Some of the best learning kids do takes place outside the classroom. And summer is a great time to focus on broadening horizons, acquiring new skills, and rounding out your transcript. Here are ten of our favorite ways to do that.
As homeschoolers, we’ve let many of these things count as elective hours on our students’ high school transcripts (and some of these activities have even earned them college credit, as well).
Even if you don’t homeschool, devoting time to activities such as these will help round out your children’s education and make their college applications more competitive.
My kids have had lots of jobs over the years: walking dogs, waiting tables, house sitting, working in retail. Most of those jobs were great for earning extra spending money, but weren’t really anything I could use on their transcript.
However, a couple of my boys worked as lifeguards for a few summers, which required them to get certified in water safety, CPR, etc. It was pretty intense training, followed by several months of lifeguarding, so I gave each son a semester’s PE credit for that training.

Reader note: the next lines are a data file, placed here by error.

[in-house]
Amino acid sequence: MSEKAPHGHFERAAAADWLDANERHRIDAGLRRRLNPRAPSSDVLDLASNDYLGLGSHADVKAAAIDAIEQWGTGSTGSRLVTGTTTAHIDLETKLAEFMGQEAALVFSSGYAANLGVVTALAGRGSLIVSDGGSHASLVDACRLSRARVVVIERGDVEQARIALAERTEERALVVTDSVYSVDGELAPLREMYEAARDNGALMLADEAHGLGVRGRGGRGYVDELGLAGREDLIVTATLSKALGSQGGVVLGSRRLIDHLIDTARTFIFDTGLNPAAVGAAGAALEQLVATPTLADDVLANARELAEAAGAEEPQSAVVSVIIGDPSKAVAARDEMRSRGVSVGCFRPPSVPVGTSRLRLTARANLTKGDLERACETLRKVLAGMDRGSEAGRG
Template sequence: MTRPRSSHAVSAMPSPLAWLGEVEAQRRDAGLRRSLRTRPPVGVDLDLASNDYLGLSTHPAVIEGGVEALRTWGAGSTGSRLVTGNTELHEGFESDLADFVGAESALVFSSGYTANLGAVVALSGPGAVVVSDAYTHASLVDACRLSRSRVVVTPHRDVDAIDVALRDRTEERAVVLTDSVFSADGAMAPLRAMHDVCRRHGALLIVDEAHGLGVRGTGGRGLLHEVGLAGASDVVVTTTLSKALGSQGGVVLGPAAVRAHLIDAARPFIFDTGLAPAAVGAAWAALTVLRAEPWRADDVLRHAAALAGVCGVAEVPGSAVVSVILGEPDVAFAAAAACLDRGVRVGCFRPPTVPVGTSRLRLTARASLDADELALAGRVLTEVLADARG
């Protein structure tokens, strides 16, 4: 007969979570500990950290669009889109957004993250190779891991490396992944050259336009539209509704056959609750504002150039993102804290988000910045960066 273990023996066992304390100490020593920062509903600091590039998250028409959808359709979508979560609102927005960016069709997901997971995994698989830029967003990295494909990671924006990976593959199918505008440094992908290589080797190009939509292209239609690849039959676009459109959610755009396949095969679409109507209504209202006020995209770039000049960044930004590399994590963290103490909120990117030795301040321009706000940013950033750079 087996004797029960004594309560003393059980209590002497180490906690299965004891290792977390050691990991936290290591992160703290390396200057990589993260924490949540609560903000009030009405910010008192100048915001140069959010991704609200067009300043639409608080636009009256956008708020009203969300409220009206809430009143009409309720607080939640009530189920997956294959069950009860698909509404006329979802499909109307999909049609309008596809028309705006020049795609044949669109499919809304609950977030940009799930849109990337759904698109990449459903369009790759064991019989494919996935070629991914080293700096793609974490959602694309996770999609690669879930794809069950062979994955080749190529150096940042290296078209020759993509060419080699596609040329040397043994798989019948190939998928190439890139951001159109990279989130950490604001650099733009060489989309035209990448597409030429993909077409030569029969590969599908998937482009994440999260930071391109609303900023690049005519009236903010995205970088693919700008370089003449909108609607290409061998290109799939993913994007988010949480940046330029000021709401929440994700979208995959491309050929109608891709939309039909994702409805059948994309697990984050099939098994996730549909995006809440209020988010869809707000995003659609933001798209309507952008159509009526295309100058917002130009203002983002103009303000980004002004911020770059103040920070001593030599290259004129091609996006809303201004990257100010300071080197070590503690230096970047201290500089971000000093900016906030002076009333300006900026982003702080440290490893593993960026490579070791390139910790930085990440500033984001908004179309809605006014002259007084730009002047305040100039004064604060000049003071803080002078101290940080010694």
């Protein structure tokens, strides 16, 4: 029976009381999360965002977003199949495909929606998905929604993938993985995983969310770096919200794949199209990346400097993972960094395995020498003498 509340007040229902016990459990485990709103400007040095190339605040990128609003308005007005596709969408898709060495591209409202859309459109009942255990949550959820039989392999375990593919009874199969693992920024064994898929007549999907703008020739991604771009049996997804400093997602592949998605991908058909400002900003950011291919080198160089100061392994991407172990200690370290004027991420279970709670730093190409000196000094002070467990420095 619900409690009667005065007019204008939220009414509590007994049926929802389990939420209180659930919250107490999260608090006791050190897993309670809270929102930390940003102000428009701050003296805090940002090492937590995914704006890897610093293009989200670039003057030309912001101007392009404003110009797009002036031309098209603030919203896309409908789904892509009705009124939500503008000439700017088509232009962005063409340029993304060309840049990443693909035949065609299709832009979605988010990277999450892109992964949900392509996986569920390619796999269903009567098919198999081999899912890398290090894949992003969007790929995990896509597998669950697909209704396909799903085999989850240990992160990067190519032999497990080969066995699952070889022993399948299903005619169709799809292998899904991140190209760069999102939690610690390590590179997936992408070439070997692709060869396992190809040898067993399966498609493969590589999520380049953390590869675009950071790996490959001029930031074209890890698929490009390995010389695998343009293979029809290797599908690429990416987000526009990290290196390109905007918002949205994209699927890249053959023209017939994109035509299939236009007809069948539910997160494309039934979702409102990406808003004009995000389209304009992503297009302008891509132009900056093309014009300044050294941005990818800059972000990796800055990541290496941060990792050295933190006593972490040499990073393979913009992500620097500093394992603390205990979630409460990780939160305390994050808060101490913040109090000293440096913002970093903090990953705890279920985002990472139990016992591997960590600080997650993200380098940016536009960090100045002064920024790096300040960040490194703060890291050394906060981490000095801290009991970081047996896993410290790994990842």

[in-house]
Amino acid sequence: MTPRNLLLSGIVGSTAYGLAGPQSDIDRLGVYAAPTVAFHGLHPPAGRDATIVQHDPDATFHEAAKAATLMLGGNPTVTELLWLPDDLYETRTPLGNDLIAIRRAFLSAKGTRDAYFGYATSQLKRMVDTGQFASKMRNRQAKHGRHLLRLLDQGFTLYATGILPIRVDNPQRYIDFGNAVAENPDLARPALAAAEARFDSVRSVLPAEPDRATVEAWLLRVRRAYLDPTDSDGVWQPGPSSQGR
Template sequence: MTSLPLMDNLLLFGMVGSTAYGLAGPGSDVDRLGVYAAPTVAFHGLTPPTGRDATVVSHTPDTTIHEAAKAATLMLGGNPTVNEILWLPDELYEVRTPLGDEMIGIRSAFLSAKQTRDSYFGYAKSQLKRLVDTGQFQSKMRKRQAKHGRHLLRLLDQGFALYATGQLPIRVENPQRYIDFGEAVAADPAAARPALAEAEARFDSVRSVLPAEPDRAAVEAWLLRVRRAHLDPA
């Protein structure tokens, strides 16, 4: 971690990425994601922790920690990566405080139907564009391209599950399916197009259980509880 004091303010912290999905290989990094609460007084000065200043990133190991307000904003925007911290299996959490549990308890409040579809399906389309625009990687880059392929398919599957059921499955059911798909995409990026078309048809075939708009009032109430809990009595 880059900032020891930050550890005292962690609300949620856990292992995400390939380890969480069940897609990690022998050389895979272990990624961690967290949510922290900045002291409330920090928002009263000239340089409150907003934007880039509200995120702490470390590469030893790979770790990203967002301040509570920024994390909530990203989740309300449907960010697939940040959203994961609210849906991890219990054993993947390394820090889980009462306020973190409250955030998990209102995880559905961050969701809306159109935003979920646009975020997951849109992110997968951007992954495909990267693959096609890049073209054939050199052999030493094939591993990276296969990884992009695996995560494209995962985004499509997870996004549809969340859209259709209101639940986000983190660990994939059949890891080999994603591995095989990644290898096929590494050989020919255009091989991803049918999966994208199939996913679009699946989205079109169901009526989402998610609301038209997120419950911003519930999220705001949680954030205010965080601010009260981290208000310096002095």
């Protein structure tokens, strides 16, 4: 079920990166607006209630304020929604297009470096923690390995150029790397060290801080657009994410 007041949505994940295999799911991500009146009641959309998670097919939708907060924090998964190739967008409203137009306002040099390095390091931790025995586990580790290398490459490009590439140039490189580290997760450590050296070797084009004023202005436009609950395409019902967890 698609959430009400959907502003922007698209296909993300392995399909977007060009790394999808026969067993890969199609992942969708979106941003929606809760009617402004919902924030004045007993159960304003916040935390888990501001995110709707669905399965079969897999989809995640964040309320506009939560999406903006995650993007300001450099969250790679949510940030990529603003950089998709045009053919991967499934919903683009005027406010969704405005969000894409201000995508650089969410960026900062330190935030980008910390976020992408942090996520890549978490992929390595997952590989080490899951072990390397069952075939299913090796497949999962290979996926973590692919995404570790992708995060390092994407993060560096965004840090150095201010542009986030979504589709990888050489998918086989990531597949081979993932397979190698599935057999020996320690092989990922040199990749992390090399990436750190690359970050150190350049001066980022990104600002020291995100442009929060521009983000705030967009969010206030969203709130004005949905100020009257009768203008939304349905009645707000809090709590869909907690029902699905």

One year one of my daughters volunteered at the library all summer. She planned and led a weekly story time for the children, helped coordinate a summer reading program complete with logs and prizes, and learned all about the Dewey decimal system. The experience was certainly worth a semester’s credit in library sciences.
Another son spent three summers volunteering at the hospital. He helped with the housekeeping staff, ran messages from one wing to the other, shadowed the ER docs, observed surgeries, comforted anxious patients, and pitched in everywhere else he was needed, so I gave him a semester’s credit in Health Science.
Hobbies and Interests